For a team trying to rebuild without a full teardown, finding a player like Yastrzemski is a boon to the club’s future outlook. And maybe he will be an MVP contender in 2021 and beyond; it won’t be the first time Mike Yastrzemski proved everyone wrong.

Dan Szymborski is a senior writer for FanGraphs and the developer of the ZiPS projection system. He was a writer for ESPN.com from 2010-2018, a regular guest on a number of radio shows and podcasts, and a voting BBWAA member. He also maintains a terrible Twitter account at @DSzymborski.

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1 year ago

I’m flummoxed at the moment by Will Smith. Seems he will be a superstar. SOMEHOW putting up a 162 wRC+ with only a 200 BABIP. Now that’s impressive.

1 year ago
Reply to  TwinPeaks

Sure it’s irrelevant to this article, but I don’t understand why this is downvoted when I checked and it’s true

1 year ago
Reply to  hombremomento

Don’t waste time figuring out why things get downvoted!

1 year ago
Reply to  hombremomento

I probably deserved it for posting good things about a Dodgers player on a post about the Giants….

1 year ago
Reply to  TwinPeaks

That doesn’t make him a superstar or mean that he will be one. OPS dervitates such as wRC+ worship HR and walk rate. Those happen to be Smith’s strengths. There are a lot of realities lost in that kind of crude analysis. That really isn’t that amazing of a SSS. DJ Stewart is doing something even more impressive.. although that surely isn’t the word. Wherever there is a guy hitting for a terrible average yet taking walks and hitting some HR you will find similar results. Lots of players that take a lot of walks and hit a lot of HR hit for very low averages – they essentially lack hit tools. Joc Pederson and Carlos Santana are reasonable examples as is Carlos Santana. That BABIP isn’t all luck like people like to think. In Smith’s case, there might be some bad luck in regard to hits but there is also certainly luck in the BB and HR that he has hit so it really isn’t that insightful. I think Will Smith is a fine offensive catcher but he is no superstar.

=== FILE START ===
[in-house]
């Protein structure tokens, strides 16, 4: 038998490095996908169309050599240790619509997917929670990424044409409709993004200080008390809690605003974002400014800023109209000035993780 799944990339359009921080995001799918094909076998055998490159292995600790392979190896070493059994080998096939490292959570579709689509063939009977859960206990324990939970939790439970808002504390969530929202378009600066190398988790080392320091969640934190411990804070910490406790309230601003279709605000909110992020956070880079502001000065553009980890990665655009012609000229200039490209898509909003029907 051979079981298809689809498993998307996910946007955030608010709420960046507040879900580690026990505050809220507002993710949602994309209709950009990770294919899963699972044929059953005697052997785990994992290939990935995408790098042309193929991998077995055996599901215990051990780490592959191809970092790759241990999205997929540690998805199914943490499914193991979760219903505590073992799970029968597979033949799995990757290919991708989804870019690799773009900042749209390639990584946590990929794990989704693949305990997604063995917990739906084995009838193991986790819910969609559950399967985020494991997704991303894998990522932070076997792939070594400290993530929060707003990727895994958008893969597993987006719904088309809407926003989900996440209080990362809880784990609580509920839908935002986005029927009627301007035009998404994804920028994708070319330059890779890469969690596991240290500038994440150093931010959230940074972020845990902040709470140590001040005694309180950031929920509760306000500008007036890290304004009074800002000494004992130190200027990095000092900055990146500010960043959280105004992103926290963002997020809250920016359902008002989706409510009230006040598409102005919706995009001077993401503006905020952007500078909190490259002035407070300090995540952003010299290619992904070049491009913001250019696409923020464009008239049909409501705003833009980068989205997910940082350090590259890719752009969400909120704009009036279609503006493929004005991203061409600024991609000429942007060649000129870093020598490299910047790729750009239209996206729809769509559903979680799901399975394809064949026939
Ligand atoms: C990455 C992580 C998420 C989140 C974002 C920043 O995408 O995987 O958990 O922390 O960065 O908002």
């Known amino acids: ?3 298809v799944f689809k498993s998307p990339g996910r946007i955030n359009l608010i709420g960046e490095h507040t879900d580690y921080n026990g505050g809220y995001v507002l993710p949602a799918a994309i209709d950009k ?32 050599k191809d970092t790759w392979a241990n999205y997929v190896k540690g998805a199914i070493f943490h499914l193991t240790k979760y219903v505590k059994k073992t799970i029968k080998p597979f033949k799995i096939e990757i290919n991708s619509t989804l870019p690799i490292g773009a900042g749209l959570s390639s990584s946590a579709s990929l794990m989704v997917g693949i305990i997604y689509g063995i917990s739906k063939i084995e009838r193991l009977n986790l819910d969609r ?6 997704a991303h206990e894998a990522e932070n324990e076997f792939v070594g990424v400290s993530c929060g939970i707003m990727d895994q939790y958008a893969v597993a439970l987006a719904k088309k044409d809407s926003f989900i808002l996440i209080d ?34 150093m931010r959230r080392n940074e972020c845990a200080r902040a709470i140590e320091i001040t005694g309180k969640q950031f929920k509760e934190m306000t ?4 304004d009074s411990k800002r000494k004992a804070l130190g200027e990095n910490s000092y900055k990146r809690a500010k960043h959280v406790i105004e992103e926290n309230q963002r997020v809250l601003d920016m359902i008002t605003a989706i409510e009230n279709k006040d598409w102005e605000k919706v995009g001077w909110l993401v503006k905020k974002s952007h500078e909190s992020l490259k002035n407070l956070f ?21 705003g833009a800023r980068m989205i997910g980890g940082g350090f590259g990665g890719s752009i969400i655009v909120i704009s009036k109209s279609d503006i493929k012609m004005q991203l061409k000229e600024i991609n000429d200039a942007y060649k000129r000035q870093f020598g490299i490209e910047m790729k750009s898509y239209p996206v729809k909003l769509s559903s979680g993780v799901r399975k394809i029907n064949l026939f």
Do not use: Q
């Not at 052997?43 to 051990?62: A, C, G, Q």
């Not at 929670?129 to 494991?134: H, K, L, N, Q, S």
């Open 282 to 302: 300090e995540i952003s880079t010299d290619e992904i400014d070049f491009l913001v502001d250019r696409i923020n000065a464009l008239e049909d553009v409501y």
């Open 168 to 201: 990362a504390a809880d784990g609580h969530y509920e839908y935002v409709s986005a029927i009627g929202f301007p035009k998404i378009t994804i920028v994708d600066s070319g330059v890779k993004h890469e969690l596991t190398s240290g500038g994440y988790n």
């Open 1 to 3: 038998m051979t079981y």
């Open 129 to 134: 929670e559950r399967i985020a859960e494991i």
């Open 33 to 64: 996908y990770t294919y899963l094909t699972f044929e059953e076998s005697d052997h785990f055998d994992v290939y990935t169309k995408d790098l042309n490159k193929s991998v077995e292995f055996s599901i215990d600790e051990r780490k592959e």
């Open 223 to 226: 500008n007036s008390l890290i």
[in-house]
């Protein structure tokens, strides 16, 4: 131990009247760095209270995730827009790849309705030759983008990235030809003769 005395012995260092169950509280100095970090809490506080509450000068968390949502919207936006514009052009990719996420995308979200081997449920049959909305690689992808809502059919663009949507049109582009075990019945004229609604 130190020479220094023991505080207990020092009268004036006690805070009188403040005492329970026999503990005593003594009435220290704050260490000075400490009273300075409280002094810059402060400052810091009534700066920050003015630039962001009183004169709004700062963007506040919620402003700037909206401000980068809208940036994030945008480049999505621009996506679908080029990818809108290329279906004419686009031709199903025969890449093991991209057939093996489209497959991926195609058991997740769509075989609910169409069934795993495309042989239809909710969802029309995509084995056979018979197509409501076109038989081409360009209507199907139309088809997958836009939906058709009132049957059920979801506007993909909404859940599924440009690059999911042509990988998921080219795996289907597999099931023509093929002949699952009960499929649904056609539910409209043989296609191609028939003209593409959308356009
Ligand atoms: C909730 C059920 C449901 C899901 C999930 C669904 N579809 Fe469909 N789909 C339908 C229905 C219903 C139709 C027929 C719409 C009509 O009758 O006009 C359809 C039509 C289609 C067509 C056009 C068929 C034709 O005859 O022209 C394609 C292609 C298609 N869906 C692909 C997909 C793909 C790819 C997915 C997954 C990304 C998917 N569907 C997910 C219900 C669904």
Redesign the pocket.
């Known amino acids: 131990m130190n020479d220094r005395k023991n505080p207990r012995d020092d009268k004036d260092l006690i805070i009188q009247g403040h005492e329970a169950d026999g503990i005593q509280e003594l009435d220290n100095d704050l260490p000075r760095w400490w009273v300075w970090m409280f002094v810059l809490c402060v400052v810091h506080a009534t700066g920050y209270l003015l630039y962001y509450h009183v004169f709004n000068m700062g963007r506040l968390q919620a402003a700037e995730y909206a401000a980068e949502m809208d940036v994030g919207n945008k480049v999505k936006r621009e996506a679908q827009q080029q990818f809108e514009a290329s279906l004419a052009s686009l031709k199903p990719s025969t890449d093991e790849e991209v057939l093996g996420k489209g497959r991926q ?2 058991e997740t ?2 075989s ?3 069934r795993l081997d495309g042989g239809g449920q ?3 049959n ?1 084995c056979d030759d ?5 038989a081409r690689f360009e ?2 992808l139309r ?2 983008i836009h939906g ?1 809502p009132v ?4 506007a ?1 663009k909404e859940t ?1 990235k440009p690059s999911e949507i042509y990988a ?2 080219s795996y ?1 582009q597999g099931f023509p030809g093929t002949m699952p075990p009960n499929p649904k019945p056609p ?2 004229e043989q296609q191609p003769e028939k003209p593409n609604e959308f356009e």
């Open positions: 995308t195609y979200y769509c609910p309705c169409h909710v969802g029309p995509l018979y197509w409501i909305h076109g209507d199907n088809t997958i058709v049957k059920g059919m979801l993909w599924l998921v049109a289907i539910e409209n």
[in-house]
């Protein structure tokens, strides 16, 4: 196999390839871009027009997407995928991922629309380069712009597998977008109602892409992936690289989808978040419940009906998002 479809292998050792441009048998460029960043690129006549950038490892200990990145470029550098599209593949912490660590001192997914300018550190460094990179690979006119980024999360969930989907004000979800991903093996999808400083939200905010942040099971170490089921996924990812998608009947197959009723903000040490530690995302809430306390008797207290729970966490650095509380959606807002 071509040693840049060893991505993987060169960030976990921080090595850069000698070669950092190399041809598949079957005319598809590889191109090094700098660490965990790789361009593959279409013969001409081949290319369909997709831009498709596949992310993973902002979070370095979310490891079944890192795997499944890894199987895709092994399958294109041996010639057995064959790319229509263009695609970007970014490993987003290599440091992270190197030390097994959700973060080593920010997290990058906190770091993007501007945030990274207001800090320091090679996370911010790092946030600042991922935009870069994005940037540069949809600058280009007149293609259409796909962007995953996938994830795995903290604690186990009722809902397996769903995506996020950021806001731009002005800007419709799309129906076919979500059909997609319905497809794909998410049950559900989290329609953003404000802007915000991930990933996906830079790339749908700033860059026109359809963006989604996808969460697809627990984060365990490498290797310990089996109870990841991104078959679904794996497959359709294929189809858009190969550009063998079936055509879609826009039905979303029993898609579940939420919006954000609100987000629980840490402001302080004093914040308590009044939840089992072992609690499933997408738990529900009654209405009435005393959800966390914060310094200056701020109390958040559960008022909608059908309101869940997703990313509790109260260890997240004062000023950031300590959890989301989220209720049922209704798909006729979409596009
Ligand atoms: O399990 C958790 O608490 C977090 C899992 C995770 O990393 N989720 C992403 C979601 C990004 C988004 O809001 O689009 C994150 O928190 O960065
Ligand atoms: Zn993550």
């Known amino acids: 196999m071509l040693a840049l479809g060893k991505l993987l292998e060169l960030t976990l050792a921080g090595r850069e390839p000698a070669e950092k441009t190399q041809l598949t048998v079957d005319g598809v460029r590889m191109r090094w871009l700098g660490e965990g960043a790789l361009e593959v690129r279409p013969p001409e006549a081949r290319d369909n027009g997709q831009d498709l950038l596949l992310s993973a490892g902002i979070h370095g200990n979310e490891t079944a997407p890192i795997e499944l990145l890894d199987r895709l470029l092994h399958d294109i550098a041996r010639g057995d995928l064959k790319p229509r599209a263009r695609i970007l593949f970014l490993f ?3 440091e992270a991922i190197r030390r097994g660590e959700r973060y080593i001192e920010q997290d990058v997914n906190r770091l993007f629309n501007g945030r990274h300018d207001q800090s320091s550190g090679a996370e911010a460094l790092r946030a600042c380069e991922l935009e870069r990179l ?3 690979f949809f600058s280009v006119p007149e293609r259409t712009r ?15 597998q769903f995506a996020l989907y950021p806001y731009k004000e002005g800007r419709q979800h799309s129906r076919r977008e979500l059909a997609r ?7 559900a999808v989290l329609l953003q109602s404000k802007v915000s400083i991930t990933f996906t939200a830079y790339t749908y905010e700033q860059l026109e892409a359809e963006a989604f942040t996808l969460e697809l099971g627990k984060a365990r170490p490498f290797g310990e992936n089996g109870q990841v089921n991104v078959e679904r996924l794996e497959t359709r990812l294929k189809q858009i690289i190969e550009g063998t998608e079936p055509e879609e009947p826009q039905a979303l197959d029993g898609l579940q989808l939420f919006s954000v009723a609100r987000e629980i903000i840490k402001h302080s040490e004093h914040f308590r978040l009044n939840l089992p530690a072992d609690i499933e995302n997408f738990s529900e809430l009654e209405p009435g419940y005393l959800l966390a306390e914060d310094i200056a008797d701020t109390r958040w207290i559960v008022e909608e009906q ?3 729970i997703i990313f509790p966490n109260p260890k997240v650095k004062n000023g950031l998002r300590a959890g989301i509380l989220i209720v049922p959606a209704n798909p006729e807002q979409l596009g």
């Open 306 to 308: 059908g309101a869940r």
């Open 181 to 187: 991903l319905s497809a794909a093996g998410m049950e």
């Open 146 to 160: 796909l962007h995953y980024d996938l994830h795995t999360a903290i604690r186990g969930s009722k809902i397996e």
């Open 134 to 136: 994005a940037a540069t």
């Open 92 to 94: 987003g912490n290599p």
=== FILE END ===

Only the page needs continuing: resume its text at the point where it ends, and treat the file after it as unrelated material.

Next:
1 year ago
Reply to  RonnieDobbs

Well, Stewart is doing it with an extreme small sample size (just 9 balls in play) while Smith has 45 balls in play. I mean, everything is SSS this year, but he’s got an amazingly improved BB/K ratio and great power in that SSS. No, BABIP isn’t all luck, but Smith isn’t slow (he’s fast for a catcher) and he’s hitting the ball hard (94.2 average EV) so you have to think that his BABIP will improve.

1 year ago
Reply to  RonnieDobbs

Who is other Carlos Santana? 😉

Travis Lmember
1 year ago
Reply to  TwinPeaks

Because most of his value is coming from the homer, which happens when you hit flyballs, which have a lower BABIP? (Not being sarcastic – 200 BABIP feels quite low, but I suspect his batted ball distribution indicates he’s not going to be a 275 guy. And this year, leaguewide babip is down, while wRC+ is normalized for context, so wouldn’t be similarly effected).

1 year ago
Reply to  Travis L

Fair points, but if you look at the top 50 guys by wRC+ (min 70 PA), the next lowest BABIP on the list is 270. Even though Smith does have the highest FB rate among the group, it isn’t that much higher than everybody else that it would explain a 200 BABIP. Rhys Hoskins has a very similar batted ball profile and is much slower than Smith, yet has a 294 BABIP.

1 year ago
Reply to  TwinPeaks

on a post about a giants player you have to bring up a dodger in the comments, smh

1 year ago
Reply to  sjwalsh

That’s solid Dodgers trolling. Nice job!